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Like a Grandfather Clock: The Splicesome's Intricate Dance of Parts

grandfather clock.jpg

The news from the University of Wisconsin-Madison starts so well. More beautiful design language in a scientific news article could hardly be penned:

A grandfather clock is, on its surface, a simple yet elegant machine. Tall and stately, its job is to steadily tick away the time. But a look inside reveals a much more intricate dance of parts, from precisely-fitted gears to cable-embraced pulleys and bobbing levers.

Like exploring the inner workings of a clock, a team of University of Wisconsin-Madison researchers is digging into the inner workings of the tiny cellular machines called spliceosomes, which help make all of the proteins our bodies need to function. In a recent study published in the journal Nature Structural and Molecular Biology, UW-Madison's David Brow, Samuel Butcher and colleagues have captured images of this machine, revealing details never seen before. (Emphasis added.)

We learn that the spliceosome has RNA and protein parts, comprising "six complexes that work together to edit the raw messages that come from genes, cutting out (hence, splicing) unneeded parts of the message." That still sounds like design: irreducible complexity, and specification of an informational message. Good.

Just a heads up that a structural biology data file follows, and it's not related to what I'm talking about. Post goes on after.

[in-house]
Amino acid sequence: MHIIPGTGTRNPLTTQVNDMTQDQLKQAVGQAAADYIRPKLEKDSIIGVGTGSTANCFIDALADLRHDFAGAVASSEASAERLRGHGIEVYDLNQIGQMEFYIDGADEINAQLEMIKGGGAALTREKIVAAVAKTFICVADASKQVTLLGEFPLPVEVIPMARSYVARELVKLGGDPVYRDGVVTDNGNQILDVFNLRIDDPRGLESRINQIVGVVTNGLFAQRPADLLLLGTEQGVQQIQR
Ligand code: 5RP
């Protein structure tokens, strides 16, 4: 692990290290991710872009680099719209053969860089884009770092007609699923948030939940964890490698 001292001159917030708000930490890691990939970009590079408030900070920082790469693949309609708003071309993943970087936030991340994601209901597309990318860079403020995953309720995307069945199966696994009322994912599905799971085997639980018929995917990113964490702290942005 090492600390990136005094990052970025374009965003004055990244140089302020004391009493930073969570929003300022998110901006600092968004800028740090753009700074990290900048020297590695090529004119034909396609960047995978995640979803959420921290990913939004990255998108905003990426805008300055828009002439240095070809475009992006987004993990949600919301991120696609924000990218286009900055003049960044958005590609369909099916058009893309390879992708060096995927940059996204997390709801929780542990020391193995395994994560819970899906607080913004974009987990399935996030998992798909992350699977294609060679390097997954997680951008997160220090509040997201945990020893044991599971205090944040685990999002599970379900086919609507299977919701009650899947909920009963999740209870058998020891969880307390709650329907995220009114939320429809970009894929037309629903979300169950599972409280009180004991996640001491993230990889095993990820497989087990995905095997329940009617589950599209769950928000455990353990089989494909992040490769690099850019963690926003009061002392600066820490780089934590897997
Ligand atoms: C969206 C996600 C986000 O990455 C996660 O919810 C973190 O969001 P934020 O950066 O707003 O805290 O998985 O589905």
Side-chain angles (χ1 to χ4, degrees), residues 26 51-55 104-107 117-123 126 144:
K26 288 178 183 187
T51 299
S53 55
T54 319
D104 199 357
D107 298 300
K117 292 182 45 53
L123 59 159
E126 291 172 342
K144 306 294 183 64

The team focused on two complexes that cooperate like "two partners holding hands" in a kind of "molecular symbiosis." One particular protein dives through a small loop in the RNA (see the model at Science Newsline). "No one has ever seen that before and the only way it can happen is for the RNA to open up, allow the protein to pass through, and then close again," says Butcher, a biochemist at the university. That sounds like design, too. "He hopes the findings mark a transition in the journey to understand these cellular workhorses." Brow and Butcher suspect that there are other machines that use this kind of molecular knot. Design thinking thus seems poised to lead to more discovery.

Then come the required nods to Darwinian evolution, in three places, always assumed, as usual:

The structure yields clues about the relationship and the relative ages of RNA and proteins, once thought to be much wider apart on an evolutionary time scale....

"What's so cool is the degree of co-evolution of RNA and protein," Brow says. "It's obvious RNA and protein had to be pretty close friends already to evolve like this."....

"It's exciting studying these machines," he says. "There are only three big RNA machines. Ours evolved 2 billion years ago. But once it's figured out, it's done."

Darwinian theory had nothing to do with the discoveries. These references to evolution are superfluous. They do more harm than good for Darwinists, anyway.

  1. �The RNA and protein parts were "once thought to be much wider apart on an evolutionary time scale," implying that a previous assumption about evolution has been overturned. Since they are not wider apart, this exacerbates the problem: how could this intricate relationship occur in less time? Where is the evidence?
  2. RNA and protein are not "friends" that co-evolve on purpose; that's nonsense.

  3. Saying it "evolved" does not explain how it evolved; the statement is vacuous. The final nonsense is the last sentence: "But once it's figured out, it's done." Ay, there's the rub: how is it "figured out"? Calculations show that the probability of chance "figuring out" a protein are vanishingly small -- so much so, that one as complex as the spliceosome would never arise in the entire history of the universe.

Like a late-model SUV equipped with a buggy whip, this was an elegant design article carrying unnecessary baggage. Intelligent design did the work. Evolution, as a useless narrative gloss, adds mass but no force.

Photo source: Artform Canada/Flickr.